In a case fit for a pulp fiction legal thriller, a motel in Oregon is suing their city for forcing them to lock down despite their taking every medically necessary safeguard to keep their customers safe. The motel’s owners allege the city is discriminating against their business because they have permitted other businesses to stay open but not theirs. The owners also believe the lockdowns were unnecessary and a violation of their rights.
Their case then took a bizarre turn when a county commissioner stated the city effectively lied to their citizens about the lockdown order. The city drafted a memo with official-sounding language to trick people into believing they had ordered lockdowns when, in reality, they hadn’t.
However, that memo certainly caused some traditional, America-style activism, and the citizens of the city voted to reject the (nonexistent) lodging lockdown and return to business as usual. This prompted the city to threaten the citizens with a lawsuit that the city never followed through on. However, the city did order (for real this time) lodges must remain closed… or else.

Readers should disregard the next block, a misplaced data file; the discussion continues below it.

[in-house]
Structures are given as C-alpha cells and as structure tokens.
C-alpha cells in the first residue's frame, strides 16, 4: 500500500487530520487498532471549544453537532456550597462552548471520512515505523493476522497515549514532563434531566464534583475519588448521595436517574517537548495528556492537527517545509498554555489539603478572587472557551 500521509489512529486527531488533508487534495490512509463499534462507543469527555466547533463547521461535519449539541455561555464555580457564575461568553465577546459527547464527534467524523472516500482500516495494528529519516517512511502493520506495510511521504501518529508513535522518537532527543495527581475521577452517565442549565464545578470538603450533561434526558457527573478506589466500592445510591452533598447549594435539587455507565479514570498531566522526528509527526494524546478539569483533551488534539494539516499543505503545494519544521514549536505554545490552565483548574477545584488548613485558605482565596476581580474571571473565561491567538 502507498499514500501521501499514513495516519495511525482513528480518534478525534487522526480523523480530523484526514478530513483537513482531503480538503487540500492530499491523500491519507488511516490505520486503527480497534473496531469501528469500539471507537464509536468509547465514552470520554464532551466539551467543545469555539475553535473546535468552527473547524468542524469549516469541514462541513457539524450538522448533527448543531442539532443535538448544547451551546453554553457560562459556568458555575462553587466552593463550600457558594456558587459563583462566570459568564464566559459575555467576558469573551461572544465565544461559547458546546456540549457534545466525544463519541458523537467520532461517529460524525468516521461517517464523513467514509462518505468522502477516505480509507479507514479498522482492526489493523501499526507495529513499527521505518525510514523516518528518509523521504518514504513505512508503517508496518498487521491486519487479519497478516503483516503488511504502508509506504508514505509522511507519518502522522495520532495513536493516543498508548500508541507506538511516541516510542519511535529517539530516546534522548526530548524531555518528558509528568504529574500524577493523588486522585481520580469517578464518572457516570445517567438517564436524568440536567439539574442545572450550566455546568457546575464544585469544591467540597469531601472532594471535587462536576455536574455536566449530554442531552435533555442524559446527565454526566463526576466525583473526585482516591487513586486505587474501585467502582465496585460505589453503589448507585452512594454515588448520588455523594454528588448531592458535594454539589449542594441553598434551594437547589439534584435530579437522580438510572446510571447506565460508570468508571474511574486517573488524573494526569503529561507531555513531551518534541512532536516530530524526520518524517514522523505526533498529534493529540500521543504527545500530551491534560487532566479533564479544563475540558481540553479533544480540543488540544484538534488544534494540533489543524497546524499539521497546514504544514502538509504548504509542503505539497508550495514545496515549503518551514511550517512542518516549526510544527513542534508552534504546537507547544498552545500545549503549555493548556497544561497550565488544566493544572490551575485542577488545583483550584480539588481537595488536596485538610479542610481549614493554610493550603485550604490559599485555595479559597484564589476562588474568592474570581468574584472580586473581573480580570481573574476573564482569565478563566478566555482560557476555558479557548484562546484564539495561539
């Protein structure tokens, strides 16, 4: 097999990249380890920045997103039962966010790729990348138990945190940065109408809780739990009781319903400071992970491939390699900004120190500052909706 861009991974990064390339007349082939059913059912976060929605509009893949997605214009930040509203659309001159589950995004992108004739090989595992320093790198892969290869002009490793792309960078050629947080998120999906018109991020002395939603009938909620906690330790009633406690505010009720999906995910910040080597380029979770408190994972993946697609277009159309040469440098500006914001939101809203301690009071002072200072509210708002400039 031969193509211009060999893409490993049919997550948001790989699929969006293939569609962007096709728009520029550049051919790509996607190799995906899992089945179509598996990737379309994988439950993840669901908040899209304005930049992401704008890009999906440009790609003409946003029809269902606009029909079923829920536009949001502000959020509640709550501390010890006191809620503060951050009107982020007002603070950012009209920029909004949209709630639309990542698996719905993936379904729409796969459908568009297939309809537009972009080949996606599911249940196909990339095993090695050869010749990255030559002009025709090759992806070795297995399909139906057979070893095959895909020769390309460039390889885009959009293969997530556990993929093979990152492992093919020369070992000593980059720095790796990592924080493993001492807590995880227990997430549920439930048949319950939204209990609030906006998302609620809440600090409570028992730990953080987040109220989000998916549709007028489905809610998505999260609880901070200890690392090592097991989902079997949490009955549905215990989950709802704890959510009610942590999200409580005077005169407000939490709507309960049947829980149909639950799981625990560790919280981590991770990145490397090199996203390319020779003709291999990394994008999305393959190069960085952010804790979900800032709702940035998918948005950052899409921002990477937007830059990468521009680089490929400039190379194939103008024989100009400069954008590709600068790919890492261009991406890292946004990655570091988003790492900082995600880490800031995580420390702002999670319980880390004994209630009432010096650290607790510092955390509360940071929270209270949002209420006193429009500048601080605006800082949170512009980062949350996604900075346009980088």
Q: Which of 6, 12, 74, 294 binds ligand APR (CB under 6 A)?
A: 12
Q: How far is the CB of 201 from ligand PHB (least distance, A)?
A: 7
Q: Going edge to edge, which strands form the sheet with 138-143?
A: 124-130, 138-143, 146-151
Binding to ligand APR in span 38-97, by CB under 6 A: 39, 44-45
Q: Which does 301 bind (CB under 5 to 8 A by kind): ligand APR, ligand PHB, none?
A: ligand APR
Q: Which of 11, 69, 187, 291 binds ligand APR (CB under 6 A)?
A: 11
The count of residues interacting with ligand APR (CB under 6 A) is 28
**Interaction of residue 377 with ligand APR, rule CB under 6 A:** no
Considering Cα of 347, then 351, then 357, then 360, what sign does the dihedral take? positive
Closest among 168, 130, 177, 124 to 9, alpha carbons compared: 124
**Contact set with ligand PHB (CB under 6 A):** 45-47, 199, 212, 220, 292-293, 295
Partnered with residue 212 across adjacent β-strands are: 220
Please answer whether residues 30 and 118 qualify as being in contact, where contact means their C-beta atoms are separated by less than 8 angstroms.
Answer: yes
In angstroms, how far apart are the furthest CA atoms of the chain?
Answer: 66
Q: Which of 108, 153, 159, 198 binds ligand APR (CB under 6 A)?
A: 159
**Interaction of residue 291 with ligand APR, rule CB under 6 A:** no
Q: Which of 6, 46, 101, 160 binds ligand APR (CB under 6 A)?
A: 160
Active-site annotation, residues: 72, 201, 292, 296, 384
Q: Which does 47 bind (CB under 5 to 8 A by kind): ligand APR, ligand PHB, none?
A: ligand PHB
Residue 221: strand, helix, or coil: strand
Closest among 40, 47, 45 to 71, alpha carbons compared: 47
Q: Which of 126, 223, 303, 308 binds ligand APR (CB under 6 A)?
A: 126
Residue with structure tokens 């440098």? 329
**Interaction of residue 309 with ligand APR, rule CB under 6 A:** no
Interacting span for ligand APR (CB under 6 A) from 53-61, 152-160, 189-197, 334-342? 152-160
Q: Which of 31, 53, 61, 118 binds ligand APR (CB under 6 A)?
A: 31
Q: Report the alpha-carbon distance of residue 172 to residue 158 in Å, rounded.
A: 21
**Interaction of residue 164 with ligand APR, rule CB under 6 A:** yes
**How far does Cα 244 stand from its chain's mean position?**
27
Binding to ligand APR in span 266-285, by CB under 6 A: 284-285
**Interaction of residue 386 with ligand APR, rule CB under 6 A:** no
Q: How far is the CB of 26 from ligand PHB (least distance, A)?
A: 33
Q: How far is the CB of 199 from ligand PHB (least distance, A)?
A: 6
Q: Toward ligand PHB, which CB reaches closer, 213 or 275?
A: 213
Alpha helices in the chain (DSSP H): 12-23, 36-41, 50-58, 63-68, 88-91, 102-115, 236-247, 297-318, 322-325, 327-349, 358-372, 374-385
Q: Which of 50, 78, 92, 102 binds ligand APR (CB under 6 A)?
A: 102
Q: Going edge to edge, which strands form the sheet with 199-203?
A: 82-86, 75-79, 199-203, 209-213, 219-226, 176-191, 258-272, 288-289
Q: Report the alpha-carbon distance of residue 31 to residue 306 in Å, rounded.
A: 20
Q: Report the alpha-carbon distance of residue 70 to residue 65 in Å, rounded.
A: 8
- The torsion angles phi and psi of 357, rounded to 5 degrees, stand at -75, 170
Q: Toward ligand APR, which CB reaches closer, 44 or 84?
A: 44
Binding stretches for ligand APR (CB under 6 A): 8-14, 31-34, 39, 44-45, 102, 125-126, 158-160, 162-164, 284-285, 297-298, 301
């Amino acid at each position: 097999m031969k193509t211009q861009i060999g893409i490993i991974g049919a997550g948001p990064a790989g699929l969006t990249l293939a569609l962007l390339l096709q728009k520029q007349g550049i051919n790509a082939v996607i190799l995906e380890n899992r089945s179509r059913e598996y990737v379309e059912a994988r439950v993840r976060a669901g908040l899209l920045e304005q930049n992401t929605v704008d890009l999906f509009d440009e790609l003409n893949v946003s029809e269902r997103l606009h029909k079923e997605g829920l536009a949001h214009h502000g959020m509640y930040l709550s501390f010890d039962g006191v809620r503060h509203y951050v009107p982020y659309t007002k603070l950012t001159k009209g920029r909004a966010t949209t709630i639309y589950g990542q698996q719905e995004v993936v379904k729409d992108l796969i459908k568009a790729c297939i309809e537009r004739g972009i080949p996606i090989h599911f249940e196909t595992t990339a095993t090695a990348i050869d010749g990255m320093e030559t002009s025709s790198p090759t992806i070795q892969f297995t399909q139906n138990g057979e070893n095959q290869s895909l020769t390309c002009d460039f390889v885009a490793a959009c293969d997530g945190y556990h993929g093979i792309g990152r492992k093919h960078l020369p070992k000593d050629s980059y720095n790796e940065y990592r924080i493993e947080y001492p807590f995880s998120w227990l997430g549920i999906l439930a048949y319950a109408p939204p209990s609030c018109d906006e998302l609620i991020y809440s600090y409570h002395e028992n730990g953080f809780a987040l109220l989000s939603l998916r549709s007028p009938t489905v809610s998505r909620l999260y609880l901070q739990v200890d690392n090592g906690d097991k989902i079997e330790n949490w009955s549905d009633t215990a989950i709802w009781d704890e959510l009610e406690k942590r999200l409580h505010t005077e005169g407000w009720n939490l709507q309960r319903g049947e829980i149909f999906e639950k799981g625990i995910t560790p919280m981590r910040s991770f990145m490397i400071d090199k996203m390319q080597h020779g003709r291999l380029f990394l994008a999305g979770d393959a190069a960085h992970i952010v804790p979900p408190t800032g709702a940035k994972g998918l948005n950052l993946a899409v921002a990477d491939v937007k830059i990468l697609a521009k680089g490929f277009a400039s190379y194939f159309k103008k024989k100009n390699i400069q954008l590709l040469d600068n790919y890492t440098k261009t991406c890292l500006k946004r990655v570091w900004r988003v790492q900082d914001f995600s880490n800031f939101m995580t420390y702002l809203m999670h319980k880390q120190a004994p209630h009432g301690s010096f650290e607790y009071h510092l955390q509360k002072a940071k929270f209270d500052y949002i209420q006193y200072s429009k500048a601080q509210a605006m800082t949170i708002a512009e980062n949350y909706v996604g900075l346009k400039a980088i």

This unusual legal situation caused the motel to sue the city. They allege the city cannot pick and choose whom to enforce laws upon. The city either must enforce the mandate on all the citizens who voted to defy the lockdown orders, or they must revoke the new lockdown orders altogether. Therefore, the case centers around equality and economic liberty.
However, the motel is also suing the city over whether the city can lie to its own citizens to enforce the law. According to the Supreme Court, they can’t. However, this type of case has not risen to the Supreme Court before. Institute for Justice is handling the case.
Many city and county governments are preparing to lock down over the new Omicron variant for COVID-19. However, this variant is less deadly than the Delta variant, as South African doctors have confirmed. South Africa is the first known hotspot for the Omicron variant.
– John Paluska, CNJ Staff